Faithless: Tales of Transgression

Joyce Carol Oates

An enthralling collection of short stories from the National Book Award shortlisted author of ‘Blonde’ and ‘Middle Age’.

In this collection of 21 stories, the mysterious private lives of individuals are explored with vivid, unsparing precision and sympathy. By turn interlocutor and interpreter, magician and realist, Joyce Carol Oates dissects the psyches of ordinary people and their potential for good and evil with chilling understatement and lasting power.
In ‘Faithless’ two adult sisters recall their mother’s disappearance when they were children; in ‘Ugly Girl’ a bitterly angry young woman defines herself as ugly as a way of making herself invulnerable to hurt, and in so doing hurts others; in ‘Lover’ a beautiful woman locked into an obsessive love affair seeks her revenge in a bizarre, violent manner.
Intense and provocative, ‘Faithless’ is a startling look into the heart of contemporary America from the modern master of the short story.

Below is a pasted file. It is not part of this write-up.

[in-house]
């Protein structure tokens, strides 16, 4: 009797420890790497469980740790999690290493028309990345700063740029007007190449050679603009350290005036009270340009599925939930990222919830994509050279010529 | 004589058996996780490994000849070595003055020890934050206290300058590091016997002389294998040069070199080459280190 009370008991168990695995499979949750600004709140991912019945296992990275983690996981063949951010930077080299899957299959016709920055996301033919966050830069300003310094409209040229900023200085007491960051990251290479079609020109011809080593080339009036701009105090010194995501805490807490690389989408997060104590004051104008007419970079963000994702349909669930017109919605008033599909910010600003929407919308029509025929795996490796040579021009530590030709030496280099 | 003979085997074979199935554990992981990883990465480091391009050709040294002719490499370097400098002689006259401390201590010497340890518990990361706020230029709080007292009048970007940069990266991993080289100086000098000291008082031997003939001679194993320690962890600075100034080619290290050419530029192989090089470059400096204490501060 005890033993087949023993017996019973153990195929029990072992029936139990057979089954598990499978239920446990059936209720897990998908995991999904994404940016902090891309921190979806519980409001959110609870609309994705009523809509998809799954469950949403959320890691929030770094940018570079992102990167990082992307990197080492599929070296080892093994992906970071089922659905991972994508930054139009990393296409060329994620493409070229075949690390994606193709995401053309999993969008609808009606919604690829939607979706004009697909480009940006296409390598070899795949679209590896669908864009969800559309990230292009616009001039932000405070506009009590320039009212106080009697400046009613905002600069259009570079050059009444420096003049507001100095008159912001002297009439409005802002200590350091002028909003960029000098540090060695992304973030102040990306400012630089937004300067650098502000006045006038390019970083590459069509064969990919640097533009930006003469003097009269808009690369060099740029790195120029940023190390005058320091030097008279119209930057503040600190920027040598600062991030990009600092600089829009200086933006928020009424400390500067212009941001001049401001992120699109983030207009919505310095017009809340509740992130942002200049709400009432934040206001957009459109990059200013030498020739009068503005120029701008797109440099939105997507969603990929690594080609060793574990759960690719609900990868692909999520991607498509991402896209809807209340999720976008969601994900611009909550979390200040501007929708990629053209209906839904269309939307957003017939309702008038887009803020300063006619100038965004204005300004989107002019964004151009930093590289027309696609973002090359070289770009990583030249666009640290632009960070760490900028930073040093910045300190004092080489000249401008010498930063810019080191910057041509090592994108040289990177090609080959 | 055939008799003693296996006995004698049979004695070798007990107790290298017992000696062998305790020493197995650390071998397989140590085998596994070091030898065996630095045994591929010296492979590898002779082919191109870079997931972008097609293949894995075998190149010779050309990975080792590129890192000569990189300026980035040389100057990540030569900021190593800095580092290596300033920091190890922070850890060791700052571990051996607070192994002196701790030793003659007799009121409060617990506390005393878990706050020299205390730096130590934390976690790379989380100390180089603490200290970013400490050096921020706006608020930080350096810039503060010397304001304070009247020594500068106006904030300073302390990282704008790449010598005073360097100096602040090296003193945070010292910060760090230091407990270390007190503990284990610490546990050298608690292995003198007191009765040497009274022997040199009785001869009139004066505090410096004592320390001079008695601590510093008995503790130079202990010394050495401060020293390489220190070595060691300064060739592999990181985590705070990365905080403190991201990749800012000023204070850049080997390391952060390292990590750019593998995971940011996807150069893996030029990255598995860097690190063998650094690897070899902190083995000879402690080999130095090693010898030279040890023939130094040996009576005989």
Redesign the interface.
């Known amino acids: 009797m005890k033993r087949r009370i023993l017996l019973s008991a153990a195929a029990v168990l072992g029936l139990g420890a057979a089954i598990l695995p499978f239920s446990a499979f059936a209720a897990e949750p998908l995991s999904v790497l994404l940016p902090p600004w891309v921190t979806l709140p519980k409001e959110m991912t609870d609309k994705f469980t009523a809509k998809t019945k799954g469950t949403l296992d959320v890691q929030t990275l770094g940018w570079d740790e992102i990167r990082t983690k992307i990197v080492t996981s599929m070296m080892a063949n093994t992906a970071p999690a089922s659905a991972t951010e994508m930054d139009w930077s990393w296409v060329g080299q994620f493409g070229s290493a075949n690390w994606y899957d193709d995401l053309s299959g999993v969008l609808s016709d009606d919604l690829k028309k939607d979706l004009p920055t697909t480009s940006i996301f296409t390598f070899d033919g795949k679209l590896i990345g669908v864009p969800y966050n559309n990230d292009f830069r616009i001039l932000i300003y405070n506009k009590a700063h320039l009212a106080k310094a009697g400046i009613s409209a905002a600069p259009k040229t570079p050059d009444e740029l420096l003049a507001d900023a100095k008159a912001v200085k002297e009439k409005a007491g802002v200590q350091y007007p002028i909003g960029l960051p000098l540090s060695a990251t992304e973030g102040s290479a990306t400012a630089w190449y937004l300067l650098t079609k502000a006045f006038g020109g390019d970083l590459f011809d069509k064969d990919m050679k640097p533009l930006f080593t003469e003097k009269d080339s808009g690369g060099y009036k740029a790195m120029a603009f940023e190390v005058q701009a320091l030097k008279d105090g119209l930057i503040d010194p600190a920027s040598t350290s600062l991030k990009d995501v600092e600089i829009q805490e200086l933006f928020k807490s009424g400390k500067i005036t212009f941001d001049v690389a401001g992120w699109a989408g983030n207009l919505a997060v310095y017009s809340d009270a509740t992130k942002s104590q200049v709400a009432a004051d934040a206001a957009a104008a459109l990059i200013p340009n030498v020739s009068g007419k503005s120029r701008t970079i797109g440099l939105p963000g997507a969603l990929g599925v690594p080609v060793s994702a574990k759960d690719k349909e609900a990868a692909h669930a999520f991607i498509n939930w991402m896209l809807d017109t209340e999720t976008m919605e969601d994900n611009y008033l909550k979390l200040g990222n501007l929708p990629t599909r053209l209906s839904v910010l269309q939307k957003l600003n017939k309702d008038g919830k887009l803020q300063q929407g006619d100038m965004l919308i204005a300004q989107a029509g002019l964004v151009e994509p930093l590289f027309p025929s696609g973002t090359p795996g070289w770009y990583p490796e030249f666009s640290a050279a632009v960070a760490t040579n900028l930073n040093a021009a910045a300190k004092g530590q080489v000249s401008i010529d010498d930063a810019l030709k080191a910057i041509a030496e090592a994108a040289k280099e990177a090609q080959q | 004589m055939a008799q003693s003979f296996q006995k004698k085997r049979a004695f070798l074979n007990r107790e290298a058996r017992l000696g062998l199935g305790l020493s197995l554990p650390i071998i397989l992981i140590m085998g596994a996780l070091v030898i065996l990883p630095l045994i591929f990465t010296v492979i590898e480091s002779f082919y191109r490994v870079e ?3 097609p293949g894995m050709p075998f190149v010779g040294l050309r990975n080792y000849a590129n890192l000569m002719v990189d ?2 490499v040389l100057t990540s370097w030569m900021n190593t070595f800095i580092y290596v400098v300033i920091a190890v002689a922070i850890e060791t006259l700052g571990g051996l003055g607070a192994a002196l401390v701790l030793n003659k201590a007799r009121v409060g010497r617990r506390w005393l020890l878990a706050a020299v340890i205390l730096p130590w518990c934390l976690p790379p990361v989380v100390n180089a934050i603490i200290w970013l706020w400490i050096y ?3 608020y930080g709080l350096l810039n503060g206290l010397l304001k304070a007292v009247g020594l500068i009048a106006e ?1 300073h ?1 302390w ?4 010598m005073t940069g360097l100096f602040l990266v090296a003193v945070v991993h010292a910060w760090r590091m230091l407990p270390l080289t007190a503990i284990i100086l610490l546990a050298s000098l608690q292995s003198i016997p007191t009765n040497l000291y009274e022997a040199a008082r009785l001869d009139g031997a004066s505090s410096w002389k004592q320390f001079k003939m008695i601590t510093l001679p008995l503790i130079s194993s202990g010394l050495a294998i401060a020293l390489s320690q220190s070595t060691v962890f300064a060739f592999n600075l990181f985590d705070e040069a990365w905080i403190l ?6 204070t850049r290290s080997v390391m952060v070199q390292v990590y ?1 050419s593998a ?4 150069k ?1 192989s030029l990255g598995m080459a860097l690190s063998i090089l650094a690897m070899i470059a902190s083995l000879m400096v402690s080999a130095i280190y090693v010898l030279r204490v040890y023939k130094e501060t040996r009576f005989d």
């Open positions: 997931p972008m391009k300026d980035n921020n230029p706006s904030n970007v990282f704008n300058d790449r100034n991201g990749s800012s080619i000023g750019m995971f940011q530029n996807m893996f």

Reviews of Faithless: Tales of Transgression

    • ‘Joyce Carol Oates is a writer who always takes your breath away.’ Mail on Sunday
    • ‘”Faithless: Tales of Transgression” makes its brisk incisions into the themes of terror, female passion, collapsing male identity, loneliness, divorce, revenge …Again and again [Oates] finds new language to describe the immensity of desire…She twists back against our assumptions, seeking always the gristly pop of revelation.’ New York Times Book Review
    • ‘Oates is a massive literary heavyweight, and many earnestly believe she could knock the other contenders for the title of Great American Novelist – Updike, Roth, Wolfe, Mailer.’ Guardian
    • ‘Oates is an inspired writer, and a formidable psychologist. She has a thrilling way of grasping an emotion, wasting no time in judicious rumination but launching herself straight at the aching heart of the matter.’ Independent
    • ‘Oates’s precise and inspired writing is close to witchcraft.’ Jeanne Moreau
    • ‘Novelists such as John Updike, Philip Roth, Tom Wolfe and Norman Mailer slug it out for the title of the Great American Novelist. But maybe they’re wrong. Maybe, just maybe, the Great American Novelist is a woman.’ The Herald

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